Cuchillo restaurant management responds to Vancouver anti-gentrification picketers

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      The co-owner of a new upscale eatery in the Downtown Eastside has responded to critics picketing his restaurant, telling the Straight that he doesn’t have much of a response.

      “I don’t really have anything to say about it,” said John Cooper, general manager of Cuchillo restaurant. “We’re just a couple of guys who put in every cent we had…and built a restaurant. And now we’re trying to focus on its operations.”

      Cuchillo officially opened for businesses near the corner of Powell Street and Gore Avenue on June 30, 2013. Five days later, roughly 35 people were picketing outside its front door, decrying the Latin restaurant as a “knife in the heart of the community.”

      At that July 5 demonstration, Richard Marquez, a housing activist and social worker in the area, told the Straight that the opening of upscale restaurants like Cuchillo begin a process of gentrification that pushes low-income earners out of the neighbourhoods they call home.

      “It’s a transformation that happens step-by-step, culturally,” he said. “These restaurants are the beginning of a new narrative of displacement in the Downtown Eastside.”

      Four blocks from Cuchillo, pickets outside PiDGin restaurant at 350 Carrall Street have occurred Tuesday through Saturday since February 5, 2013.

      A July 8 media release emailed to the Straight from the same account that’s been used to organize the PiDGin protests promised that demonstrations outside Cuchillo will continue on a daily basis.

      The anti-gentrification activists' demands include a reduction and freeze on rents in the social housing units that exist in the building above Cuchillo, and the construction of more housing for low-income earners in Vancouver’s Downtown Eastside.

      On July 5 some 30-40 picketers staged what they vowed would be the first of many protests outside Cuchillo restaurant at Powell and Gore.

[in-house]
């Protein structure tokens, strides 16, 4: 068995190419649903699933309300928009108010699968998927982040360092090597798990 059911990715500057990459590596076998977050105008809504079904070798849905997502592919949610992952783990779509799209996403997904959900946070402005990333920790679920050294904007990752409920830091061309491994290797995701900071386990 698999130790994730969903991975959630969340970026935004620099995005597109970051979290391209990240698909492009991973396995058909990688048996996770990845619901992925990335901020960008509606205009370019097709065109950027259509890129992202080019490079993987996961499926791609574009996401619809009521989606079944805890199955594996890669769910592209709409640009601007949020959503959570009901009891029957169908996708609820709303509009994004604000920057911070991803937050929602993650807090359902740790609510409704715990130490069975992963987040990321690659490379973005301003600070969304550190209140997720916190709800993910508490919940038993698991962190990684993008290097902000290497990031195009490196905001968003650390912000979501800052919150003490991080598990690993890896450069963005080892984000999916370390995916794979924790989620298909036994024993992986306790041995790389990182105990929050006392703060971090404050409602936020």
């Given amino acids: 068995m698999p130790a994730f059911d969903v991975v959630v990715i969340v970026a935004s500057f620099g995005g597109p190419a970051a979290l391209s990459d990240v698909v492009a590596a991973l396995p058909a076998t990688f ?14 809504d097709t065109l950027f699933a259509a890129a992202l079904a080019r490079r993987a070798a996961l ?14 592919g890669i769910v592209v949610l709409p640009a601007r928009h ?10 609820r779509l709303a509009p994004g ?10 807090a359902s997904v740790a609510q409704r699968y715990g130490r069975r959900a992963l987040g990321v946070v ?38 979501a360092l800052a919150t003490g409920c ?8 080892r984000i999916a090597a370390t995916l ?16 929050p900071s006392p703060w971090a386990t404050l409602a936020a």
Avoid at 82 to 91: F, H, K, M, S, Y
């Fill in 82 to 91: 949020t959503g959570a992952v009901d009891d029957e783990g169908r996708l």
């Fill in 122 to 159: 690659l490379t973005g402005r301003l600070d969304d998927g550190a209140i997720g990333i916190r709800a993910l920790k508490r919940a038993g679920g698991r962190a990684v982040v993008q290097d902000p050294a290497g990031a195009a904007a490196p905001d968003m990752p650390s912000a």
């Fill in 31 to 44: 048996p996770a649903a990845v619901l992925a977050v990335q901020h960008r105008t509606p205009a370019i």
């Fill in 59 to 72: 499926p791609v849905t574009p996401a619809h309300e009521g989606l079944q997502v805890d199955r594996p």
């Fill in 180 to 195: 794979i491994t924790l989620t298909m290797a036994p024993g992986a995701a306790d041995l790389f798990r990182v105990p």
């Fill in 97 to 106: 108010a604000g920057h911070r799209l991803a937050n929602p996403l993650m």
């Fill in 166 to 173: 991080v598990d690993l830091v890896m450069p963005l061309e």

Travis Lupick

      Cooper, who owns Cuchillo together with Stuart Irving, said that he doesn’t have an opinion on gentrification.

      “I don’t, really,” he said. “I certainly feel like someone who has a social context, but I don’t really know enough to have an opinion. That’s not where my area of expertise is. I’m not an activist, I’m a restaurateur.”

      Pressed on why he and Irving selected the specific location of 261 Powell Street for Cuchillo, Cooper said they liked some of the existing interior features and, while they might have preferred to be in Gastown, found the Downtown Eastside location’s lower rent made more sense from a business standpoint.

      “It was just one of the locations that we looked at and we thought we could do something nice with it,” he said. “It was priced—I can’t say reasonably, because there’s nothing priced reasonably in Vancouver. It just seemed like it was the right fit for what we could do something with.”

      Cooper maintained that he and Irving have accepted there’s little they can do about the picketers, and simply intend on forging ahead, focusing on creating a “great experience” for customers.

      “The only area where I would really feel that we would need to do something is if people were not being safe,” he said. “Other than that, it’s really not in my hands.”




      Jul 8, 2013 at 6:24pm

      Brave, brave protesters...afraid to show their faces ! "Artists against Cuchillo!" .....that's rich. Why ? So they can have cheap rent studios and then sell their works for ridiculous prices. Gimme a break....their duplicity is absurd !


      Jul 8, 2013 at 6:29pm

      Hard work and risk are what move an ecomony forward, building a tax base to help fund the social programs for those less fortunate. Businesses like these provide the perfect opportunity for employment where a high level of trainging or education isn't necessary.

      These restauranteurs should be applauded not protested, glorified, not vilified. Look to these entrepreneurs for inspiration for wanting to build something special, to make something of themselves.

      I understand not everyone is afforded the same gifts in upbringing, health, intellect or mental stability. What I struggle to understand is why work so hard to protect a bottom, when you can, like these restauranteurs, reach for the top.

      I will pray that the protestors put there energys to better use and wish Cuchillo all the best... I hear the food is fantastic!